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Time to ditch our most-loved metric?

Time to ditch our most-loved metric?
People involved.

Content marketers love getting likes. And hey, who doesn’t appreciate a bit of

Likes reflect active engagement with our branded videos, trumping passive
measures like views and impressions. When asked how they measure success,
63% of video marketers cite engagement metrics, which include likes, shares,
comments and others. In our experience likes are a firm favourite, often
brandished as the key success measure for video marketing campaigns.

But what do likes actually mean? What business value do they have? Today I
want to shine a spotlight on our beloved metric and invite some healthy
scepticism. Because while every measure has a place, I think we should be more

Why target likes when we can drive action?

What do they like?

Assuming our viewers are the right fit for our brand, what do their likes signify?
We can agree that likes are ‘positive’. A virtual thumbs up. A form of social
reciprocity. And besides reflecting the viewer’s experience, likes impact other
viewers too. By increasing reach and signalling value, likes make others more
likely to view, and in turn, like our content.

Yet taken alone, it can be hard to tell exactly what someone likes about a video.

It might be:

  • Overall experience – e.g. entertaining, enjoyable, informative etc.
  • Character or actors
  • Featured brand, products or services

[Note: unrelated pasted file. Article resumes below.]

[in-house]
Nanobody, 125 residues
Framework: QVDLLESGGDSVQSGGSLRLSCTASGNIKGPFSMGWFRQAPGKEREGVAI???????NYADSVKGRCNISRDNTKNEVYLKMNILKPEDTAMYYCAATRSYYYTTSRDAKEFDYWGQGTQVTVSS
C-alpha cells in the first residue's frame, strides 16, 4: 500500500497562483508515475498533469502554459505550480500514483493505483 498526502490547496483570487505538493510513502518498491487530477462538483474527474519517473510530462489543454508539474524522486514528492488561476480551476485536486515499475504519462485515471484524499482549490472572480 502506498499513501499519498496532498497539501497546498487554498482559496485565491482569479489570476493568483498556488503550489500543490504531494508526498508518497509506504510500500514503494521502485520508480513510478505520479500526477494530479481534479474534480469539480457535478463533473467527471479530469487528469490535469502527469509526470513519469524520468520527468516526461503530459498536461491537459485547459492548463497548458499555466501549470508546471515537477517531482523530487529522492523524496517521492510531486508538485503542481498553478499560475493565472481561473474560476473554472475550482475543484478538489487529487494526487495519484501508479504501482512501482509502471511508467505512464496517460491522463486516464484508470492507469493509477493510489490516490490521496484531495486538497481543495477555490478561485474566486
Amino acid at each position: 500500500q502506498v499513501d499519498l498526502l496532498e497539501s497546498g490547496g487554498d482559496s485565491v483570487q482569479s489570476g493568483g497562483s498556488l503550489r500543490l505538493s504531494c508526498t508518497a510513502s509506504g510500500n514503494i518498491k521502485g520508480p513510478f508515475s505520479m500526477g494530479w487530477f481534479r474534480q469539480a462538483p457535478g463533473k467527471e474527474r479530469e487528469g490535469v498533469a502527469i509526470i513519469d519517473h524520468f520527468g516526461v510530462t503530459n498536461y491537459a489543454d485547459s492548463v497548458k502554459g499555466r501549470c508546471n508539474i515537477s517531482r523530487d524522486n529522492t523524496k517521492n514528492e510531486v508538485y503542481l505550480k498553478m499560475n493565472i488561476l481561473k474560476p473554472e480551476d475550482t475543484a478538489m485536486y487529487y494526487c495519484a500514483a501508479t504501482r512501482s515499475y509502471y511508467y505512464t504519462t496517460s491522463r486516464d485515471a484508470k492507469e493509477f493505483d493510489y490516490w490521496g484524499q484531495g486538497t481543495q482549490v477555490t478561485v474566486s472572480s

• Whether or not the video delivered on expectations (i.e. did it fulfil the
    promise of the title)
  • Something else entirely

Likes also vary by channel, which can complicate cross-platform comparisons.
For example, Instagram has likes, YouTube has both likes and dislikes, and
Facebook and LinkedIn provide an ever-increasing range of reactions. If you’ll
pardon the pun, we must remember to compare like-for-like.

Setting likes in context

Likes are just one metric of many, so a video with 1,000 likes isn’t inherently
‘better’ than a video with 100 likes. It all depends on context.

For example:

  • 1,000 likes + 100,000 views = lower satisfaction
  • 1,000 likes + 5,000 views = higher satisfaction

Add another datapoint and our understanding shifts again:

  • 500 likes + 100,000 views + 500 dislikes = mediocre content
  • 1,000 likes + 5,000 views + 1,000 dislikes = polarising content

When assessing performance I recommend combining quantitative data such as
likes, view count and view duration with qualitative insights from comments,
user profiles etc. It can also help to benchmark performance against similar
content within a brand’s existing channel, as well as third-party videos on similar
topics and formats.

However, to truly assess the effectiveness of video, we need to know why we
created the content in the first place.

Is our goal to be liked? Or should it be something else?

Our target metrics exert strong influence over creative development. If we set
out to drive likes, we naturally make very different content than if we set out to